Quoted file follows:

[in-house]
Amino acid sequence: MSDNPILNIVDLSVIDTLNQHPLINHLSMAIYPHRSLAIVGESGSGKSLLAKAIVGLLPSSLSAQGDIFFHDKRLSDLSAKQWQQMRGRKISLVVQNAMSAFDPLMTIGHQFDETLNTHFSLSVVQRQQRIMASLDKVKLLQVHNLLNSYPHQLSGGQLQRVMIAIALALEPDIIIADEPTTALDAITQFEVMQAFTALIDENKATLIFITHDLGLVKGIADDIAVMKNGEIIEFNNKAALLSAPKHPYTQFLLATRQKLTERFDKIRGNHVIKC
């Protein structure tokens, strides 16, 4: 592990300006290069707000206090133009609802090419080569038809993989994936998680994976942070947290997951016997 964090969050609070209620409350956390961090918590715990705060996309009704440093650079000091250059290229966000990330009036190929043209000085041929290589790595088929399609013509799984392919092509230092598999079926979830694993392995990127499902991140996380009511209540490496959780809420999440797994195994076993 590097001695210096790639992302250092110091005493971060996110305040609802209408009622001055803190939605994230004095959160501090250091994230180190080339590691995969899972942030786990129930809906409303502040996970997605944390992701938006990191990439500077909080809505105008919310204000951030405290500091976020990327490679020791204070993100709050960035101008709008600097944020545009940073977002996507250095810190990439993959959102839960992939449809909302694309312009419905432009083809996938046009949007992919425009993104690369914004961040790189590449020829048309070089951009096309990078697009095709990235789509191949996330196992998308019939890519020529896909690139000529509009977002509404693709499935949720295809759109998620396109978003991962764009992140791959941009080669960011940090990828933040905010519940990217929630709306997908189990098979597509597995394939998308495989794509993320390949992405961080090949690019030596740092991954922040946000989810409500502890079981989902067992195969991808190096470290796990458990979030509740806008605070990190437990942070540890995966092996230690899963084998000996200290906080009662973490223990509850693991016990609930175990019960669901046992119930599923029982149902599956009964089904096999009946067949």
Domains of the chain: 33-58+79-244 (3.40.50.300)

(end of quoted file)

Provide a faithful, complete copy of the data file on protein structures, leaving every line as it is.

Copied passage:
[in-house]
Amino acid sequence: MSDNPILNIVDLSVIDTLNQHPLINHLSMAIYPHRSLAIVGESGSGKSLLAKAIVGLLPSSLSAQGDIFFHDKRLSDLSAKQWQQMRGRKISLVVQNAMSAFDPLMTIGHQFDETLNTHFSLSVVQRQQRIMASLDKVKLLQVHNLLNSYPHQLSGGQLQRVMIAIALALEPDIIIADEPTTALDAITQFEVMQAFTALIDENKATLIFITHDLGLVKGIADDIAVMKNGEIIEFNNKAALLSAPKHPYTQFLLATRQKLTERFDKIRGNHVIKC
């Protein structure tokens, strides 16, 4: 592990300006290069707000206090133009609802090419080569038809993989994936998680994976942070947290997951016997 964090969050609070209620409350956390961090918590715990705060996309009704440093650079000091250059290229966000990330009036190929043209000085041929290589790595088929399609013509799984392919092509230092598999079926979830694993392995990127499902991140996380009511209540490496959780809420999440797994195994076993 590097001695210096790639992302250092110091005493971060996110305040609802209408009622001055803190939605994230004095959160501090250091994230180190080339590691995969899972942030786990129930809906409303502040996970997605944390992701938006990191990439500077909080809505105008919310204000951030405290500091976020990327490679020791204070993100709050960035101008709008600097944020545009940073977002996507250095810190990439993959959102839960992939449809909302694309312009419905432009083809996938046009949007992919425009993104690369914004961040790189590449020829048309070089951009096309990078697009095709990235789509191949996330196992998308019939890519020529896909690139000529509009977002509404693709499935949720295809759109998620396109978003991962764009992140791959941009080669960011940090990828933040905010519940990217929630709306997908189990098979597509597995394939998308495989794509993320390949992405961080090949690019030596740092991954922040946000989810409500502890079981989902067992195969991808190096470290796990458990979030509740806008605070990190437990942070540890995966092996230690899963084998000996200290906080009662973490223990509850693991016990609930175990019960669901046992119930599923029982149902599956009964089904096999009946067949």
Domains of the chain: 33-58+79-244 (3.40.50.300)